Career advice

Research offers a change of direction, rather than a change of profession

The Keep Making a Difference campaign wants to persuade nurses planning to leave the profession to consider research

The Keep Making a Difference campaign wants to persuade nurses planning to leave the profession to consider research

Picture: iStock

The National Institute for Health Research (NIHR) recently launched its Keep Making a Difference campaign at the RCNi Nursing and Careers Jobs Fair in London.

The campaign, which aims to showcase clinical research as a career opportunity, follows a snap shot survey carried out by the NIHR. Of the 58 nurses and midwives who responded, more than half said they may be considering a career change, with the reasons cited including unsociable hours, lack of flexibility in roles and short staffing.

This echoes a report from the Nursing and Midwifery Council (NMC), published in July last year, which showed that working conditions and an inability to deliver care of the right standard were the main reasons behind nurses leaving the profession. 

NHS Digital data show that more than half of nurses who left the profession in 2017 were aged under 40. Equally concerning is that more than half of nurses on the register are over 45 and a third of midwives are nearing retirement.

Benefits of research

With more nurses leaving the profession than joining, the NIHR campaign aims to help nurses explore a different field of practice so they can keep making a difference in a profession once considered a lifelong career.

The aim is to engage nurses and midwives at three different stages in their careers – those nearing retirement, those returning from a career break and those seeking a career change.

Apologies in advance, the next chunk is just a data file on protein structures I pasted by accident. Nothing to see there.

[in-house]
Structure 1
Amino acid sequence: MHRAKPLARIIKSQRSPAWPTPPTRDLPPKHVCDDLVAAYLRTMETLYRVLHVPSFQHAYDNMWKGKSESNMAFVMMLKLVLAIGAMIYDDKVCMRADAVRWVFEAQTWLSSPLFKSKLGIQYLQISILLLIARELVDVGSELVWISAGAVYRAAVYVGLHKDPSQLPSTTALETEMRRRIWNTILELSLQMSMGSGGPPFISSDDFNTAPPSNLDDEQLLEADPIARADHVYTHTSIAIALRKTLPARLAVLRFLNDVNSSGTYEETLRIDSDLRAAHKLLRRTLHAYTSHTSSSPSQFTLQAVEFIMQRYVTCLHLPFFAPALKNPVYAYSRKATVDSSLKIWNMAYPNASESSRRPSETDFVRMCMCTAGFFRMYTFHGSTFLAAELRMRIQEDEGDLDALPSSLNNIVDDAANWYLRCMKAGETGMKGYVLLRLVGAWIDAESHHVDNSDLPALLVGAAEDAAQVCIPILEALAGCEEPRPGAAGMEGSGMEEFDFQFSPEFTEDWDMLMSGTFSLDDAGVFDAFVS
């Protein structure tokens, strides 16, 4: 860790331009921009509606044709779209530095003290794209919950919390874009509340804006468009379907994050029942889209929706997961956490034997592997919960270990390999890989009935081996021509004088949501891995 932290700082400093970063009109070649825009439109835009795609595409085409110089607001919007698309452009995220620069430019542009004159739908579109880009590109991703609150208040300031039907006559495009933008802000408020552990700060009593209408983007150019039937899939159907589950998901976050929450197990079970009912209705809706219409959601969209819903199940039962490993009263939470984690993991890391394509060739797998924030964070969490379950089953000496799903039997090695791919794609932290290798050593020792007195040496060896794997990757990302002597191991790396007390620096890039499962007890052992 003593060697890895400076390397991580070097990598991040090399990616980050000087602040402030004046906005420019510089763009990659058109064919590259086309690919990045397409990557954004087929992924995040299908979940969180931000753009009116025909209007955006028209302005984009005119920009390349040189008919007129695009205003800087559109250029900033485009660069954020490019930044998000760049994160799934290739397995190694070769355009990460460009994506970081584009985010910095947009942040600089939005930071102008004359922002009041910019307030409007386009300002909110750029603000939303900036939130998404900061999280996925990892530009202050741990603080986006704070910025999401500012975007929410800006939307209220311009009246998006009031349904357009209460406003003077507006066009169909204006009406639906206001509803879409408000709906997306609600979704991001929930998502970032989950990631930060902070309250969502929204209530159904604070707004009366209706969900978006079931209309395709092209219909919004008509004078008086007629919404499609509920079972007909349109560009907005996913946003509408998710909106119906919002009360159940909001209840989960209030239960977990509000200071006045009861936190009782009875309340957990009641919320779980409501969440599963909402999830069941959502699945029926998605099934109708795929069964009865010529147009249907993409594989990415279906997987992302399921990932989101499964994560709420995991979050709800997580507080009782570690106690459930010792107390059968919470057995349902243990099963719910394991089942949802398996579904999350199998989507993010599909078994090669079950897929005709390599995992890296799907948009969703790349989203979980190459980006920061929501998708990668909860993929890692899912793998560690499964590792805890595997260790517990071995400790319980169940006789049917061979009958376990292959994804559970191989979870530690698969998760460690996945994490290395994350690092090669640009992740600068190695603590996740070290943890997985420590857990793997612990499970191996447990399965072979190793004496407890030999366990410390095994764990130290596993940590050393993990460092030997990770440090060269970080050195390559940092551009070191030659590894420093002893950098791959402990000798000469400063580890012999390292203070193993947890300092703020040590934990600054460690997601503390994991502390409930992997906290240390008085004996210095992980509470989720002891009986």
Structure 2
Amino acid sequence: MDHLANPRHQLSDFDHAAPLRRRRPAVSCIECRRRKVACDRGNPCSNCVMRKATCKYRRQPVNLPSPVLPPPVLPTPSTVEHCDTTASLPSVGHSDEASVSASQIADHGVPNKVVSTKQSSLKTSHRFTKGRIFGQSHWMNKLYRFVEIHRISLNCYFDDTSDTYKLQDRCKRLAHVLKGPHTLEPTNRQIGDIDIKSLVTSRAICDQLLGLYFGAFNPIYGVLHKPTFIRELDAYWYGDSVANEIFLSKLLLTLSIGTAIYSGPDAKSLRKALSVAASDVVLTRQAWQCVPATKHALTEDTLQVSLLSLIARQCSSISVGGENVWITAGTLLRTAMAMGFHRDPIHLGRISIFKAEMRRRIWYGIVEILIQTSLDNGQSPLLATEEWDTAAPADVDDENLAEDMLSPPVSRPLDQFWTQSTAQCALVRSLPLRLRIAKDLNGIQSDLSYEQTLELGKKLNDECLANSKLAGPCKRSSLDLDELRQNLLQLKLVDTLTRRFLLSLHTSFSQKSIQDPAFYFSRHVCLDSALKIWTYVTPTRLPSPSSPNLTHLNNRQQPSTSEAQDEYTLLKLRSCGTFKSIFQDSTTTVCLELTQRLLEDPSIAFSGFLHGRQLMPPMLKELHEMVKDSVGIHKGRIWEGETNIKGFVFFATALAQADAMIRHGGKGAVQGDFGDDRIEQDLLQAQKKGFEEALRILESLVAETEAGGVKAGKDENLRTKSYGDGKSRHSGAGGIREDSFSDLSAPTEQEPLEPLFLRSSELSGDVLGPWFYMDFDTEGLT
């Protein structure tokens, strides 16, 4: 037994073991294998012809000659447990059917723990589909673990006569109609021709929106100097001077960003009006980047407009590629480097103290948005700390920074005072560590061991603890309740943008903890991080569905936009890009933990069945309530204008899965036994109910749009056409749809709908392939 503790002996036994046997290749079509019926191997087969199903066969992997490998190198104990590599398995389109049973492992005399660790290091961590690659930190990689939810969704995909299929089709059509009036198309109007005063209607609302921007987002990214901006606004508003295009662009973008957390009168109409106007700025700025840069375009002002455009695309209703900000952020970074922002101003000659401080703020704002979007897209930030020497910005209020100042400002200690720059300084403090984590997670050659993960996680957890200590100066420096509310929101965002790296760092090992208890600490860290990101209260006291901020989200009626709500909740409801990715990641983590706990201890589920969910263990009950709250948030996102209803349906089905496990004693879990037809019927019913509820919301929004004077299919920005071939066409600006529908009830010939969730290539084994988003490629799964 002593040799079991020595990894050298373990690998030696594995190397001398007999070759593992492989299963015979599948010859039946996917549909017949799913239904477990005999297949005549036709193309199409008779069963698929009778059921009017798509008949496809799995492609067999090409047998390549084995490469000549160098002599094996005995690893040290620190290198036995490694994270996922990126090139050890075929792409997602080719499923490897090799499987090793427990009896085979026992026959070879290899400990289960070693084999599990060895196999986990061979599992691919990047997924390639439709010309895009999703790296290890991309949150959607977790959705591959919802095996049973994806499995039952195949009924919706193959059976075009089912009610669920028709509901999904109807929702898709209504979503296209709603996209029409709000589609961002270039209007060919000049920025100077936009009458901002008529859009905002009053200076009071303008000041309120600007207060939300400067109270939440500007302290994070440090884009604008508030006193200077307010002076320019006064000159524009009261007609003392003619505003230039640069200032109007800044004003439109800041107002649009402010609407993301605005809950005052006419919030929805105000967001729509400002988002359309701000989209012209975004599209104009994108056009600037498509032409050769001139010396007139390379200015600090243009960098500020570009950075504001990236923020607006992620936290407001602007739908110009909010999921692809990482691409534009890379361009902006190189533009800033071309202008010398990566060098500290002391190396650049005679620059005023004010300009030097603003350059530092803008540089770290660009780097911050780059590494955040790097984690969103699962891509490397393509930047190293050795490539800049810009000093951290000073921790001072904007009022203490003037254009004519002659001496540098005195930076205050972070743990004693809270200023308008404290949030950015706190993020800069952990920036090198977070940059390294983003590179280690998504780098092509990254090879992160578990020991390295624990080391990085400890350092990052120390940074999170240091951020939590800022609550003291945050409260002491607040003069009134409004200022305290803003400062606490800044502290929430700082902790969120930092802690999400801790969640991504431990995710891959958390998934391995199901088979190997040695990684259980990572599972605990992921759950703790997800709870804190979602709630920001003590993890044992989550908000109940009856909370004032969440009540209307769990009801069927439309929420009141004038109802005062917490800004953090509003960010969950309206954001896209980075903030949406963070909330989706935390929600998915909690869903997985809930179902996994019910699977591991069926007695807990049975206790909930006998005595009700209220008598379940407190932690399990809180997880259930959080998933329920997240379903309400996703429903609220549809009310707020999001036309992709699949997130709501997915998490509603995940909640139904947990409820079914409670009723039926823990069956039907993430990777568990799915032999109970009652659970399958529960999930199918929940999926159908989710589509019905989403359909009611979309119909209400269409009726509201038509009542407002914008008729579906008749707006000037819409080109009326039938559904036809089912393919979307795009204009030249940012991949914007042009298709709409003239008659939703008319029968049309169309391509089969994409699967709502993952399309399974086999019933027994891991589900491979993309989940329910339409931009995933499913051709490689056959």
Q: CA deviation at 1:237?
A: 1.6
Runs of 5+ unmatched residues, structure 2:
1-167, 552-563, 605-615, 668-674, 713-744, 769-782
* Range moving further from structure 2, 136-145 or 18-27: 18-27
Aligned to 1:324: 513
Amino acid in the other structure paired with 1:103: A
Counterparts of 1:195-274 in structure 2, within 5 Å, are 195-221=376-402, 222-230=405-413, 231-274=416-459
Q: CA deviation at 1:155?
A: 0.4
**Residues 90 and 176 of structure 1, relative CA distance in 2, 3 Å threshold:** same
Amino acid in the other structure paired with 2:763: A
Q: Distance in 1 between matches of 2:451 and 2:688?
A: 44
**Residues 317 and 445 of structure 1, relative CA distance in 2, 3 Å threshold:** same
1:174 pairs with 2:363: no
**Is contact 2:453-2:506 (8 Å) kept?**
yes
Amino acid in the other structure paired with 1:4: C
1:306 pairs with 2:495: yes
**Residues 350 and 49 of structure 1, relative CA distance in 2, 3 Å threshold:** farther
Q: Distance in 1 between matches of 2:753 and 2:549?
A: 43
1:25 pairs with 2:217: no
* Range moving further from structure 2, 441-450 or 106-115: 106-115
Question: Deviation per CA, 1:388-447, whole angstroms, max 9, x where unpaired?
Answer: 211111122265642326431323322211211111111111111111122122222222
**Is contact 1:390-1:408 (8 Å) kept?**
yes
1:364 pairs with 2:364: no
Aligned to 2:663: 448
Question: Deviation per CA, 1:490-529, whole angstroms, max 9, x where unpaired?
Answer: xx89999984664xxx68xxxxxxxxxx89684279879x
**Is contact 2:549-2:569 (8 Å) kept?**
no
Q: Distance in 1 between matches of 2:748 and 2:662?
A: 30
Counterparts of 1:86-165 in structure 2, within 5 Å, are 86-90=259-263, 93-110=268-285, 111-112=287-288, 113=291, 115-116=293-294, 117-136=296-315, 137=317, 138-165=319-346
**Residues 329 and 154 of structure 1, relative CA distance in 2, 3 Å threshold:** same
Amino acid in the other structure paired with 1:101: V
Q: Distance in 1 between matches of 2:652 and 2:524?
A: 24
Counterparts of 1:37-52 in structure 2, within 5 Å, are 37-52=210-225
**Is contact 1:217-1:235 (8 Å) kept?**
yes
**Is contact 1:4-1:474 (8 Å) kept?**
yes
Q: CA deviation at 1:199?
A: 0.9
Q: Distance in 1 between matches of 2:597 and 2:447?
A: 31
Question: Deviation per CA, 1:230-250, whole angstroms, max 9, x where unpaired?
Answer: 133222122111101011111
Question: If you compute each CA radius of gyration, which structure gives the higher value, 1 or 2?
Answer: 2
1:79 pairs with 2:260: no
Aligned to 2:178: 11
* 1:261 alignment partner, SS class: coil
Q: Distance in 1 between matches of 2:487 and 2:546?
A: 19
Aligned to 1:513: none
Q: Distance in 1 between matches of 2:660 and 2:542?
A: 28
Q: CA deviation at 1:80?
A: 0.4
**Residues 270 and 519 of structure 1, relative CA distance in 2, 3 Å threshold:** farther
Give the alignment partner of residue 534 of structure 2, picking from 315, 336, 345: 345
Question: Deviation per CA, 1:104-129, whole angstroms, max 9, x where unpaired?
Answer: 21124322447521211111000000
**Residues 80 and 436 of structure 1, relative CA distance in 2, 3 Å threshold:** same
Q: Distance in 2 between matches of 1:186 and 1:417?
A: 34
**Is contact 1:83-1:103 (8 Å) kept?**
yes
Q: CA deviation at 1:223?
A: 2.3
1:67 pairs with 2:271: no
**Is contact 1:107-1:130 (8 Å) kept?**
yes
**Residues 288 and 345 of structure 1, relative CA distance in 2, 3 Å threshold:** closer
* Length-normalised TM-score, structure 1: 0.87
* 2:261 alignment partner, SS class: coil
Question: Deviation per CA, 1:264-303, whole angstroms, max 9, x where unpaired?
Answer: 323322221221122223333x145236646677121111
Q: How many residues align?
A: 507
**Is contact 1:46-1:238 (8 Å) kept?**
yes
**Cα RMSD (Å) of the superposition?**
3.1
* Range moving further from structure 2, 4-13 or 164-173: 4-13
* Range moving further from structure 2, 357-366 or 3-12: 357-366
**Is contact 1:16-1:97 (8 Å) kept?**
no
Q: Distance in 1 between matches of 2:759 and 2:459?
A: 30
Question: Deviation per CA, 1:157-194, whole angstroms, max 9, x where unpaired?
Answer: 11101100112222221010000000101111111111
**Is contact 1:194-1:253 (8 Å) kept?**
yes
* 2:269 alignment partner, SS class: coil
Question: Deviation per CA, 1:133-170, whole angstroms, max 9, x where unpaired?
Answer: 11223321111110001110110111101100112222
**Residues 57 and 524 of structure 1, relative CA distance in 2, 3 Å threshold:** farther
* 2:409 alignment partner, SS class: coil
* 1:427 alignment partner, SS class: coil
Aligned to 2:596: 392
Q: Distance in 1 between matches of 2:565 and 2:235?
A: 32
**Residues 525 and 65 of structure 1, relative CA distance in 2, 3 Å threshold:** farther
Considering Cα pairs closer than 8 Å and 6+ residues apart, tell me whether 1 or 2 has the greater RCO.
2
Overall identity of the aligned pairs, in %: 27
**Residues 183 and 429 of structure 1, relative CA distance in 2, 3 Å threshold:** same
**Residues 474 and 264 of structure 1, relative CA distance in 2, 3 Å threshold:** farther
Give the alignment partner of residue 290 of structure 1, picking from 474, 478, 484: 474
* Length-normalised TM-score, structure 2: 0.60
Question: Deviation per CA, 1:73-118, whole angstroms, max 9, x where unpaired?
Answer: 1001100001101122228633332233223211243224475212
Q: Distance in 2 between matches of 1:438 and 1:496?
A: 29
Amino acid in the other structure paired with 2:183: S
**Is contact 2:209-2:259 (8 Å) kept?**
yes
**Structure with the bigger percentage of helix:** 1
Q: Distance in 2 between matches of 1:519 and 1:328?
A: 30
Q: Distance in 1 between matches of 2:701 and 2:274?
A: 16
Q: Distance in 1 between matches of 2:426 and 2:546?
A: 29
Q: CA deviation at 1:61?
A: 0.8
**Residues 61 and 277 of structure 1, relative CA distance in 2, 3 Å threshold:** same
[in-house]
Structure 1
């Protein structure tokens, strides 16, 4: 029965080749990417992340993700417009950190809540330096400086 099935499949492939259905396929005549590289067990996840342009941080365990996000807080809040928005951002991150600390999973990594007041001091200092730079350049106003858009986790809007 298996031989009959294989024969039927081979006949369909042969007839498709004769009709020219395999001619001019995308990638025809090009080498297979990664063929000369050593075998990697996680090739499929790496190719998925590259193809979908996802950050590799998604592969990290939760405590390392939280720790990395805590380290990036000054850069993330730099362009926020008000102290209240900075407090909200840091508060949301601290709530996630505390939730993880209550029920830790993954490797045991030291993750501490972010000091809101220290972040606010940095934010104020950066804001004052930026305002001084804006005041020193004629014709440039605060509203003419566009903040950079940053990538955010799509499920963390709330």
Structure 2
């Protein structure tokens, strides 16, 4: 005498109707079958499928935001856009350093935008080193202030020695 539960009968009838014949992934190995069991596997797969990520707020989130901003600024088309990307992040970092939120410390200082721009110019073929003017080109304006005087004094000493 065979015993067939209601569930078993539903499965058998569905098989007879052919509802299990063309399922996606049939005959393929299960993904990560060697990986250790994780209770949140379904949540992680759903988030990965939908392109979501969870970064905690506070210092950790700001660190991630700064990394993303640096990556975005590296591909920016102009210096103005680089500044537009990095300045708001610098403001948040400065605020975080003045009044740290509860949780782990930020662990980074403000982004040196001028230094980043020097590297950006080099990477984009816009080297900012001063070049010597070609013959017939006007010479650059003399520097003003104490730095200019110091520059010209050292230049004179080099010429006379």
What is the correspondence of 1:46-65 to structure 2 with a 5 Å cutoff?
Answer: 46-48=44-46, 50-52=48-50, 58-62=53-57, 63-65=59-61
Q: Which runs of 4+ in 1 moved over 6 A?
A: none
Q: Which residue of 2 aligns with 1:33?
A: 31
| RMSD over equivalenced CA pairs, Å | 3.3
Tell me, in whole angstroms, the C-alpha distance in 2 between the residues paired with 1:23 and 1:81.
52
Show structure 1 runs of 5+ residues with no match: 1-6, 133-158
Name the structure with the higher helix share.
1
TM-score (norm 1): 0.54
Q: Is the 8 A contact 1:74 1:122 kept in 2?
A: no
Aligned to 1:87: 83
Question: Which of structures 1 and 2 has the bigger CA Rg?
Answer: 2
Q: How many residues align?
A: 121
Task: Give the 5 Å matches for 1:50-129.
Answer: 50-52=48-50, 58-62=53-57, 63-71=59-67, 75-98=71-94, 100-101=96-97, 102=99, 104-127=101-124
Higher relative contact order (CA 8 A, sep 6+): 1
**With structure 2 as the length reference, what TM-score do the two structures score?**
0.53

‘Research roles offer more flexibility and sociable hours than traditional clinical roles, while remaining patient-focused’

The campaign is intended to reach more than 1,000 nurses and midwives across London, Kent, Surrey and Sussex, with up to 50 invited to shadow a research team for a day to gain an insight into what it is like to work in this field. They will also receive one-to-one support.

Clinical research is essential for improving patient care and finding new treatments and care pathways. Research nurses are at the heart of this process and play an important role in running clinical trials in acute, community and primary care settings.

Nurses and midwives with more than two years’ clinical experience hold many vital skills that can be transferred to a research role. Coordinating the day-to-day management of studies involves using communication, leadership and organisational skills, and a flexible and adaptable approach.


Research roles also offer more flexibility and sociable hours than traditional clinical roles, while remaining patient-focused.

Clinical research teams practice across a wide variety of specialities, including cardiology, dementia, cancer and diabetes. Research nurses have the opportunity to spend time with patients, supporting them through their research journey, and the role is often described as varied and interesting, with no two days the same.

The nursing care provided to research participants includes clinical observations, measurements, collecting and processing samples and reporting outcomes. Research nurses also liaise with clinical teams and specialist nurses to ensure patients are well informed and receive the best care available.

Career change

The Keep Making a Difference campaign, which runs until the end of December, has already seen more than 638 nurses and midwives­ sign up to find out more about the role and receive one-to-one support. So far, 35 are taking up the opportunity to shadow a local research team for a day to gain first-hand experience of what a research role involves.

If you are a nurse or midwife looking for a career change, find out more information about the campaign, including how to access one-to-one support and apply to shadow a research team for a day, by clicking on the link below.

Helen Graham is associate director of nursing at the NIHR, and lead research nurse for the NIHR north west London clinical research network

Find out more

National Institute for Health Research: Keep Making a Difference 

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